Depression History, Stress, and Pain in Rheumatoid Arthritis Patients
- First Online:
- Cite this article as:
- Zautra, A.J., Parrish, B.P., Van Puymbroeck, C.M. et al. J Behav Med (2007) 30: 187. doi:10.1007/s10865-007-9097-4
- 355 Downloads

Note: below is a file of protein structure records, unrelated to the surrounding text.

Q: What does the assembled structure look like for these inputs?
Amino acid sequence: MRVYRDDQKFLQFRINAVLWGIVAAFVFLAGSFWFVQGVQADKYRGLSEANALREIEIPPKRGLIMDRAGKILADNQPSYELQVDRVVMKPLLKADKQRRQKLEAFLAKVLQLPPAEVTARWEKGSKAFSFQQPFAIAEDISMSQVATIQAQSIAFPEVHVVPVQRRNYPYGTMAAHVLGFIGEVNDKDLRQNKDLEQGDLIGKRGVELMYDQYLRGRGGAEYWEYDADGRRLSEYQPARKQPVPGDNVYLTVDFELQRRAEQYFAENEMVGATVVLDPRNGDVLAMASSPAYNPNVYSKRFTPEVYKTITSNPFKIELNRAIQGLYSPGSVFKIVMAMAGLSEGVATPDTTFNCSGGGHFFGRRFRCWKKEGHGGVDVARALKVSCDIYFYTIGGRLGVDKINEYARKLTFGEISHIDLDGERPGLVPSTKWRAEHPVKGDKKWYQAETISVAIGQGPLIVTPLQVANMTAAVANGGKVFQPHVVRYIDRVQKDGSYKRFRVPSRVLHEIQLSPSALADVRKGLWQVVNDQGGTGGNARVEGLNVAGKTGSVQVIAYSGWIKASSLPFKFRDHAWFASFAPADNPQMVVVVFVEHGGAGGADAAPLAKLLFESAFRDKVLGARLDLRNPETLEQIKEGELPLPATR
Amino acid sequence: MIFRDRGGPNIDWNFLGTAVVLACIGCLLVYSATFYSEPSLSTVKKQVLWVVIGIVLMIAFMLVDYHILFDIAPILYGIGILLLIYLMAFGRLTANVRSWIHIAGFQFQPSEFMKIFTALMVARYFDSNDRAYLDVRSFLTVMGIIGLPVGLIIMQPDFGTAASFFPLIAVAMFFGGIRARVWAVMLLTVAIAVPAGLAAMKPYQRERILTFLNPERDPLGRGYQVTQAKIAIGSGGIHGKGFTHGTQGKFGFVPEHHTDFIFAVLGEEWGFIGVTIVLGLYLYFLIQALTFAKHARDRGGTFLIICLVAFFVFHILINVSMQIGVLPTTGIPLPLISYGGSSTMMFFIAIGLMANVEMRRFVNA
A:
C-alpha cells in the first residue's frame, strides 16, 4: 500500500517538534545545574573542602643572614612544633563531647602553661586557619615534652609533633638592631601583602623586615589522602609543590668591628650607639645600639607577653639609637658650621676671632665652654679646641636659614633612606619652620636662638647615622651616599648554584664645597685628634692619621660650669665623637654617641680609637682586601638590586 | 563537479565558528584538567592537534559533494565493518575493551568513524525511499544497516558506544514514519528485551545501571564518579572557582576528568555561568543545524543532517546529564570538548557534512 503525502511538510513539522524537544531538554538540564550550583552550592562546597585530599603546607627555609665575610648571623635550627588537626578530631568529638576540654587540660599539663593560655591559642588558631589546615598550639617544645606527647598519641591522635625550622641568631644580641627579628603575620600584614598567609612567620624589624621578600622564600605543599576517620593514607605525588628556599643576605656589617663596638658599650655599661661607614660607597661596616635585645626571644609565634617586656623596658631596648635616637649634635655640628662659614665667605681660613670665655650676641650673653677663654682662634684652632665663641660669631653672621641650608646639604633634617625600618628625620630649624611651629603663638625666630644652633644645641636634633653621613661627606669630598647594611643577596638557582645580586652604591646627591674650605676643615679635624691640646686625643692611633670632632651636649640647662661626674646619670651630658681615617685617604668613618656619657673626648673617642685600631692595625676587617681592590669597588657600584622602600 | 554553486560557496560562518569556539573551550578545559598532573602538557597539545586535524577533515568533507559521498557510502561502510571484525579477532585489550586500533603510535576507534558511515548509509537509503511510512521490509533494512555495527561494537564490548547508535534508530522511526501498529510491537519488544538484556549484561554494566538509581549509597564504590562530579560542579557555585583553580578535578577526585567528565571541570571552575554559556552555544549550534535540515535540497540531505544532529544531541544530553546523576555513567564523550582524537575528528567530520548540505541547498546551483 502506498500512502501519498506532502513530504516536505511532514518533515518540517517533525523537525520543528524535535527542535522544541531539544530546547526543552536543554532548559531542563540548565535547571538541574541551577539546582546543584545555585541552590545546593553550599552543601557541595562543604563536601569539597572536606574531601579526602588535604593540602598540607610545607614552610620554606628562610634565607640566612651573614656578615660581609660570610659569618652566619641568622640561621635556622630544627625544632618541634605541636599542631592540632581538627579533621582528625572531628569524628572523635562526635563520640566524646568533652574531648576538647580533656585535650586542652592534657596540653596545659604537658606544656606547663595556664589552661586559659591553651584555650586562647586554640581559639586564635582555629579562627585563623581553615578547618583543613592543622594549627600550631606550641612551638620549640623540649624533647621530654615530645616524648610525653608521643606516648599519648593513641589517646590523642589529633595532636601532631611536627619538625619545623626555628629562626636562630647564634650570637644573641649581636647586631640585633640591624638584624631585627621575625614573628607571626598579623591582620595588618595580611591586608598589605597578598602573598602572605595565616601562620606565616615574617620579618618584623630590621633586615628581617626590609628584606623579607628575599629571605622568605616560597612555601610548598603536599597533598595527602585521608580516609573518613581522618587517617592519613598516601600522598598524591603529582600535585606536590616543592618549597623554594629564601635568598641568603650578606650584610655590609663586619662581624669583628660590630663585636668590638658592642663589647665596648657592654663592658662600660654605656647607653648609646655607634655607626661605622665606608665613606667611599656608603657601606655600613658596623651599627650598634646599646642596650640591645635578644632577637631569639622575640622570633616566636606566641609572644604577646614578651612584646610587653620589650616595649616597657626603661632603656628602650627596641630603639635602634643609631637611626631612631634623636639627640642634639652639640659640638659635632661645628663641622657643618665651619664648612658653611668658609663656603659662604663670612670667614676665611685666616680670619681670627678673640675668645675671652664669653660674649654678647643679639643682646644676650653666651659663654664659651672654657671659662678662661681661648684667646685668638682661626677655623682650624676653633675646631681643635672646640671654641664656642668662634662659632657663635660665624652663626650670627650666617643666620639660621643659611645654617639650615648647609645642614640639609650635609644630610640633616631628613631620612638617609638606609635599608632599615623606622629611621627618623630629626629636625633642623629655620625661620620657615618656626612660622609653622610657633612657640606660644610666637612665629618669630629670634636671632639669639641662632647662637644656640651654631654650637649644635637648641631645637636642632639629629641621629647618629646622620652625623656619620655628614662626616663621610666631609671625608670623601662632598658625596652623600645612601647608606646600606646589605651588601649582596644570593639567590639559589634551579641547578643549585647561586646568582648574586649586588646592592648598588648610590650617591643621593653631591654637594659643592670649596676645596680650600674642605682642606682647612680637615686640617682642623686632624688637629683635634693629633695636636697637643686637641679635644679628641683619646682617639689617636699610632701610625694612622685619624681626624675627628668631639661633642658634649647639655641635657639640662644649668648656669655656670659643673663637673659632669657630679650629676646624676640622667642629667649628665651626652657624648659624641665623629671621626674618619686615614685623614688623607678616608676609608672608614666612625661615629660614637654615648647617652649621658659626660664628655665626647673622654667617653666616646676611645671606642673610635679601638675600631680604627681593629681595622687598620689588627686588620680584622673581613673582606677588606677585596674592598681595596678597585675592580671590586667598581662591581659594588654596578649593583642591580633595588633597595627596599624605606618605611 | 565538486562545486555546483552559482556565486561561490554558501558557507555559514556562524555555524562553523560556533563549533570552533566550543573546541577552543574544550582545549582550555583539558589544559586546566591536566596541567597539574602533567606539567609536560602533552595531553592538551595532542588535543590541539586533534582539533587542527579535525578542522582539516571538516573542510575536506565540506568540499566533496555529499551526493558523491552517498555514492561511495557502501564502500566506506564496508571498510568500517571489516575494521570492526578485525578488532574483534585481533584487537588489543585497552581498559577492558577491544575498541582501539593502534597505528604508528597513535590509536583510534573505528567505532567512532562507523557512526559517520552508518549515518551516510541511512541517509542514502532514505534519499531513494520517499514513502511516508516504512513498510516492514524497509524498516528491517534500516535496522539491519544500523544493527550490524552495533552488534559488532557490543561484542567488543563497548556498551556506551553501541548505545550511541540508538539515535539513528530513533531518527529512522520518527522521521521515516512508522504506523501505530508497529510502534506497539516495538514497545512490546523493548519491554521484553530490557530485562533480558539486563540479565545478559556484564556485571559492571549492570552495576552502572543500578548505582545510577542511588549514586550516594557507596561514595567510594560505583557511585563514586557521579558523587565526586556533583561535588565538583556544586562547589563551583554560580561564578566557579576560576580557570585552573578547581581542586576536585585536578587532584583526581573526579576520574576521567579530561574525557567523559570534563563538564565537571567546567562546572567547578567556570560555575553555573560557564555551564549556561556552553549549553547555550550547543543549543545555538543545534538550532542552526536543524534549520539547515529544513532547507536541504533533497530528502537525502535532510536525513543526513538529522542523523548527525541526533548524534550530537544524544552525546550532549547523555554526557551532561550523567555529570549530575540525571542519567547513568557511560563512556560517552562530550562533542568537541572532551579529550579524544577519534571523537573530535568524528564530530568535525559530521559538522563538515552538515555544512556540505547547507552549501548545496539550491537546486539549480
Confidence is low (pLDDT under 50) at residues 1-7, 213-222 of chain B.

This study examined the role of past episodes of depression on pain reports for patients with rheumatoid arthritis (RA) before and during stress induction. A history of major depressive episodes was assessed by diagnostic interviews for 138 RA patients, 74 who later participated in a set of laboratory procedures designed to induce interpersonal stress. Patients were evaluated by a rheumatologist and then asked to report joint and bodily pain throughout the laboratory study. We found that RA patients with a history of two or more episodes of major depression had more pain at baseline, and exhibited higher pain in response to the stress induction than did RA patients with either only one episode or no history of depression. Such findings provide new insight in the dynamic relationships between depression, stress, and pain.